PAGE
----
In the great ocean of life, we are all at sea
During February half-term, my wife and I lived the dream. We sailed around the Mediterranean on a cruise ship that, according to a fellow voyager from Bolton, was the biggest in the fleet. “Oh aye, it’s higher than a tower block and longer than three football pitches, is this,” he declared; which is all very impressive…until you try to find your way back to your cabin, that is.
Size isn’t everything though (as I frequently tell my wife), and despite searching the internet for the best deal at the smallest price, the thing that finally clinched it for this one was the promotional video. What worn-out teacher could resist the promise of lazy days on a sun lounger? Evenings of relaxed over-indulgence? The lure of romantic destinations across a wine-dark sea?
On our first full day out of port we took a turn around the open 14th deck and discovered that dreams don’t always live up to expectations. A thousand miles south of Sheffield, February is still February, and it paid to be well wrapped up against a spiteful wind. The sky above looked as grey as asphalt while the sea below was as tempestuous as a playground full of angry children. I admit it wasn’t exactly what I had in mind, but it still beat the hell out of doing spelling, punctuation and grammar.
Any teacher who has ever felt the urge to put the tiny tumults and relentless turbulence of a busy school life into some sort of perspective should try being surrounded by a vast, empty ocean. It’s a humbling thought that for all our technological achievements and ability to manage the challenges nature throws at us, we are still naught but a speck in the vastness of infinity.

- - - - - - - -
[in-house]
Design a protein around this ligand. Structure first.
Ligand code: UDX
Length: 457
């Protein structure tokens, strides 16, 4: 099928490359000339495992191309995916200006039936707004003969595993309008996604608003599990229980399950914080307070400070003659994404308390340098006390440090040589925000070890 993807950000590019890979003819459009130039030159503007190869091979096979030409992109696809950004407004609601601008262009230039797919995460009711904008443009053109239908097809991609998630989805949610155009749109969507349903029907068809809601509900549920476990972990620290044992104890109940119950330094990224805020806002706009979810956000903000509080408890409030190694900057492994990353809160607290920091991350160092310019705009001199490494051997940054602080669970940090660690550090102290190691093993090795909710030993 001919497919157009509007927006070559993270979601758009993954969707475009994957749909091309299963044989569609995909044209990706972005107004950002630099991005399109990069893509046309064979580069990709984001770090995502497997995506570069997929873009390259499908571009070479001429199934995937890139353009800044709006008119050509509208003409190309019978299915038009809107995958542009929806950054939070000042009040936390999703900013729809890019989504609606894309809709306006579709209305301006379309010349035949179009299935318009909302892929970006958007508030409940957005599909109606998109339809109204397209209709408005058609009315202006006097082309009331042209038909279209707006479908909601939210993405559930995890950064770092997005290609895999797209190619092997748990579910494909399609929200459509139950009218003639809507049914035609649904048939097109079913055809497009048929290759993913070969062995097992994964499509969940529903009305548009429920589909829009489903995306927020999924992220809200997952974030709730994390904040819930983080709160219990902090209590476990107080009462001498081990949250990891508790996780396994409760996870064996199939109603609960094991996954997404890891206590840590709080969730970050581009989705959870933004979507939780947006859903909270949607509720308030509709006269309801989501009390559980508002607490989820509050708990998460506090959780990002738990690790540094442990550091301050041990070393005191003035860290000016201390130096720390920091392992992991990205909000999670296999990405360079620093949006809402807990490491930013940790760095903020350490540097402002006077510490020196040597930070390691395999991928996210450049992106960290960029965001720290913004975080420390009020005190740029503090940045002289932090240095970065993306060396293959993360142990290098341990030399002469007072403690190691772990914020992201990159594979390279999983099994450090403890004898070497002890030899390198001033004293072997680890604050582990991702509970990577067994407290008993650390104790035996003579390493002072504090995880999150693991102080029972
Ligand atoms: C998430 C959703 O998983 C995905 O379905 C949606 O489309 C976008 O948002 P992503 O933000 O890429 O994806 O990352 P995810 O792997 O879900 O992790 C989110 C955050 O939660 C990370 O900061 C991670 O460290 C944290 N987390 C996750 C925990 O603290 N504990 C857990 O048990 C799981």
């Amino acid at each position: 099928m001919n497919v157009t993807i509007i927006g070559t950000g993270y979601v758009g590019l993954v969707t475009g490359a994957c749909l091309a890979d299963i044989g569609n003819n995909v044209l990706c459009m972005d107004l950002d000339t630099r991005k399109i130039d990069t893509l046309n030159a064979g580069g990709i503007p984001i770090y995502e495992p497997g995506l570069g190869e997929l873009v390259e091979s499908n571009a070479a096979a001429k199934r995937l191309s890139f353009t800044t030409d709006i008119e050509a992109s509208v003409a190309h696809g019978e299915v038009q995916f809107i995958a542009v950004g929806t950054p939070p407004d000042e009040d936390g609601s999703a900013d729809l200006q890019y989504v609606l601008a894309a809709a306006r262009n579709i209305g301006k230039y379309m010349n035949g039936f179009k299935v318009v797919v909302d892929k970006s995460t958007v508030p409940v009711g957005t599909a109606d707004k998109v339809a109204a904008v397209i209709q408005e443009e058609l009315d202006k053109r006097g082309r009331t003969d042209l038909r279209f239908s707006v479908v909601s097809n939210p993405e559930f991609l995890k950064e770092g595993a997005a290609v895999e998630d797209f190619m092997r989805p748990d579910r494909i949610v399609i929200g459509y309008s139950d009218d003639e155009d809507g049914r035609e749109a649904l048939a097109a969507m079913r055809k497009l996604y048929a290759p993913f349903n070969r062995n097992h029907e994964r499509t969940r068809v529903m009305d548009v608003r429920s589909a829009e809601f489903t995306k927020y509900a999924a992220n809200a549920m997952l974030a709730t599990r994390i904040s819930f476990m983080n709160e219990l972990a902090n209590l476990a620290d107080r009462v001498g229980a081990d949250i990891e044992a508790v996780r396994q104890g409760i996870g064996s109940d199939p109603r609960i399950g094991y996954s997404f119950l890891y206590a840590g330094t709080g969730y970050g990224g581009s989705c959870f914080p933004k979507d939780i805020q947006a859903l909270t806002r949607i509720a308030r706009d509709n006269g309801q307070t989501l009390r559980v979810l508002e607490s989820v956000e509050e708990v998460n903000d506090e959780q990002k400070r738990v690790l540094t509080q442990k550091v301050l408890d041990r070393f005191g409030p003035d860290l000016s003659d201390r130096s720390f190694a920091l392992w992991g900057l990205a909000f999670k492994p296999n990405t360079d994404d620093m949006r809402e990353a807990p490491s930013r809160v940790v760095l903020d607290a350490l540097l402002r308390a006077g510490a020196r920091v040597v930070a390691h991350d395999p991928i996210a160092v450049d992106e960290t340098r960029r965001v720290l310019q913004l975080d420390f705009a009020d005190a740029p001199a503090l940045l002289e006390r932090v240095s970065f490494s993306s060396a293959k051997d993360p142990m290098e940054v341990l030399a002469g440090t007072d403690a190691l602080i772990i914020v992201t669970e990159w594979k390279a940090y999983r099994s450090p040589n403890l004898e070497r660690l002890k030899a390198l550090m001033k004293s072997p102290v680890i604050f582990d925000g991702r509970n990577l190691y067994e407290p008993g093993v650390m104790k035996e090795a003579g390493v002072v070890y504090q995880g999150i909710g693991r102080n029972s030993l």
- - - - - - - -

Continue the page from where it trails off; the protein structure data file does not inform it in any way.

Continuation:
Even on a ship the size of a small planet we could feel the motion of the ocean beneath us. It was like tiptoeing over a sleeping giant who was restless and hungry, who might at a whim rear up and destroy us. But giants only exist in fairy tales and it was nothing more dangerous than a squally shower that forced us to take cover. Back inside our floating city with its bars, shops, gym, pools, restaurants, theatre, casino and every facility imaginable, it was easy to forget we were on the ocean at all.
Later that afternoon, my wife went for a Salsa Experience with flexible Felipe. I declined on account of an innate inability to swivel my hips or perform pelvic thrusts. Instead, I watched the BBC News in our luxury stateroom. Wedged between stories about a possible Brexit and the systematic destruction of Syria was a brief report on the latest migrant boat disaster.
In the early hours of the morning, somewhere just beyond the horizon perhaps, a flimsy craft packed to sinking point with human cargo no different from us had fallen victim to this same unforgiving ocean. While my wife and I had slept, 27 people – including 11 children – were lost, feared drowned. Their dreams for a better life turning into the worst possible nightmare.
Steve Eddison teaches at Arbourthorne Community Primary School in Sheffield